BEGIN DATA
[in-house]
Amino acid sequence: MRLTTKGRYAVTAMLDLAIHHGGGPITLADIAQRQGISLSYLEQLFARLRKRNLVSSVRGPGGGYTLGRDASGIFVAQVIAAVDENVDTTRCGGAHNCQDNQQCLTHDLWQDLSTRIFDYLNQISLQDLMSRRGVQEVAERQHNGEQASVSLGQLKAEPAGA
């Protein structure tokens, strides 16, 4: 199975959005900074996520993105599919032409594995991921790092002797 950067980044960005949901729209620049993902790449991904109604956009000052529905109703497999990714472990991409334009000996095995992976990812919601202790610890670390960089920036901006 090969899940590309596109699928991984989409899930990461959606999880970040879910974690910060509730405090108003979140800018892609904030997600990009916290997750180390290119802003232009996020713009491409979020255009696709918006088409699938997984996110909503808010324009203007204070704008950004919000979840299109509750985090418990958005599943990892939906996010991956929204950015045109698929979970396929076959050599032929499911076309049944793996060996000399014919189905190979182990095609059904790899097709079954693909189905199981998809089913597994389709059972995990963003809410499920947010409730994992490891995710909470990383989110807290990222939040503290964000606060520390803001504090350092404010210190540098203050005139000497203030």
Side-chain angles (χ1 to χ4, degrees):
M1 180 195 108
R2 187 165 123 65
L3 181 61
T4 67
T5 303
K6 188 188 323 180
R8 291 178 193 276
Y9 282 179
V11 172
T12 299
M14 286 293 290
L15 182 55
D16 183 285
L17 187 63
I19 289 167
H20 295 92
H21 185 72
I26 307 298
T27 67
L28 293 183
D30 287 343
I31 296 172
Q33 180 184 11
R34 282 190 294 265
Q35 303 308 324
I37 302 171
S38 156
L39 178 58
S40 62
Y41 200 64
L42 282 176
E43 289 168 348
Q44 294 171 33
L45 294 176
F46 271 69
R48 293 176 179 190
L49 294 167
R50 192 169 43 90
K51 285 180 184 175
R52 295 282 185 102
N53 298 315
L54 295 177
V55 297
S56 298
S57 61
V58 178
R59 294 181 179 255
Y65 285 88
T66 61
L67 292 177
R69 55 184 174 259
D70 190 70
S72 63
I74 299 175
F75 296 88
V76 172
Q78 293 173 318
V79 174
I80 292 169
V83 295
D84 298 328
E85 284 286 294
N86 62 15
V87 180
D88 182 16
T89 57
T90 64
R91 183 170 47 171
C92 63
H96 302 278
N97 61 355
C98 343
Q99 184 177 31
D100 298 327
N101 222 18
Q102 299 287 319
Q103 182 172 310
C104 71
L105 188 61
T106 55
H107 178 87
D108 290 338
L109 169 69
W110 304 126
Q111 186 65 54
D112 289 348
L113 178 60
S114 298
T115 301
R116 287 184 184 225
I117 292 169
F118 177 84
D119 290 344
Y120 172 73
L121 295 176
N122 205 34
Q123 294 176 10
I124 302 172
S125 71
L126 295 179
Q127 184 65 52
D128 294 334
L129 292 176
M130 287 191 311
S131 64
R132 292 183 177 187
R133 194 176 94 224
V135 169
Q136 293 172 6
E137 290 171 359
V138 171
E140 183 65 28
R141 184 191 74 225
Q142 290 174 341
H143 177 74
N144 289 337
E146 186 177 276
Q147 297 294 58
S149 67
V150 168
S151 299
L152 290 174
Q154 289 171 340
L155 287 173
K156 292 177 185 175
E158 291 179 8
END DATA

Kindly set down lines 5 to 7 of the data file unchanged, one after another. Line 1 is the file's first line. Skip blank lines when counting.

M1 180 195 108
R2 187 165 123 65
L3 181 61